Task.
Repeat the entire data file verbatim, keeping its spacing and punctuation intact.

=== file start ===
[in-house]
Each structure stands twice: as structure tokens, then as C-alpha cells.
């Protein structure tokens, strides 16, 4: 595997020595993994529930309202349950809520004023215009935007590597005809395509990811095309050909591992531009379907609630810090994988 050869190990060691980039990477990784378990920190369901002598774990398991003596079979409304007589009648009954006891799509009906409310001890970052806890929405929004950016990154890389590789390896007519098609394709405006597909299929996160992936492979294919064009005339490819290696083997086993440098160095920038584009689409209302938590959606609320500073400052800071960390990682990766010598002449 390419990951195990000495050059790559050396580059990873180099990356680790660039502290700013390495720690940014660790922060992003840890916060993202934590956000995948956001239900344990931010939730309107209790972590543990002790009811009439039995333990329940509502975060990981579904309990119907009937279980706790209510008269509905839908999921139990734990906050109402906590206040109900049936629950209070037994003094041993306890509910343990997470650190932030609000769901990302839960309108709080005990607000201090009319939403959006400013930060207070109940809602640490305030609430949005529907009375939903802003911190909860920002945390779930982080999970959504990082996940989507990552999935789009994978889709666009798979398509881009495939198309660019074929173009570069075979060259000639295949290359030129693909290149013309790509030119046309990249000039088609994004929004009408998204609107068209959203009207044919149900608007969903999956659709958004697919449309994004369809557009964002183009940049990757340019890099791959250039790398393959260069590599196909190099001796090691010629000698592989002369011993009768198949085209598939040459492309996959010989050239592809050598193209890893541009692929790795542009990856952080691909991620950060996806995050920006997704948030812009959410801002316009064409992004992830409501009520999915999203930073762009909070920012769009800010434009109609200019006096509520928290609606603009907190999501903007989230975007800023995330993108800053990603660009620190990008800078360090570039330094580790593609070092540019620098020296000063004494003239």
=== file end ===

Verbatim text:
[in-house]
Each structure stands twice: as structure tokens, then as C-alpha cells.
């Protein structure tokens, strides 16, 4: 595997020595993994529930309202349950809520004023215009935007590597005809395509990811095309050909591992531009379907609630810090994988 050869190990060691980039990477990784378990920190369901002598774990398991003596079979409304007589009648009954006891799509009906409310001890970052806890929405929004950016990154890389590789390896007519098609394709405006597909299929996160992936492979294919064009005339490819290696083997086993440098160095920038584009689409209302938590959606609320500073400052800071960390990682990766010598002449 390419990951195990000495050059790559050396580059990873180099990356680790660039502290700013390495720690940014660790922060992003840890916060993202934590956000995948956001239900344990931010939730309107209790972590543990002790009811009439039995333990329940509502975060990981579904309990119907009937279980706790209510008269509905839908999921139990734990906050109402906590206040109900049936629950209070037994003094041993306890509910343990997470650190932030609000769901990302839960309108709080005990607000201090009319939403959006400013930060207070109940809602640490305030609430949005529907009375939903802003911190909860920002945390779930982080999970959504990082996940989507990552999935789009994978889709666009798979398509881009495939198309660019074929173009570069075979060259000639295949290359030129693909290149013309790509030119046309990249000039088609994004929004009408998204609107068209959203009207044919149900608007969903999956659709958004697919449309994004369809557009964002183009940049990757340019890099791959250039790398393959260069590599196909190099001796090691010629000698592989002369011993009768198949085209598939040459492309996959010989050239592809050598193209890893541009692929790795542009990856952080691909991620950060996806995050920006997704948030812009959410801002316009064409992004992830409501009520999915999203930073762009909070920012769009800010434009109609200019006096509520928290609606603009907190999501903007989230975007800023995330993108800053990603660009620190990008800078360090570039330094580790593609070092540019620098020296000063004494003239």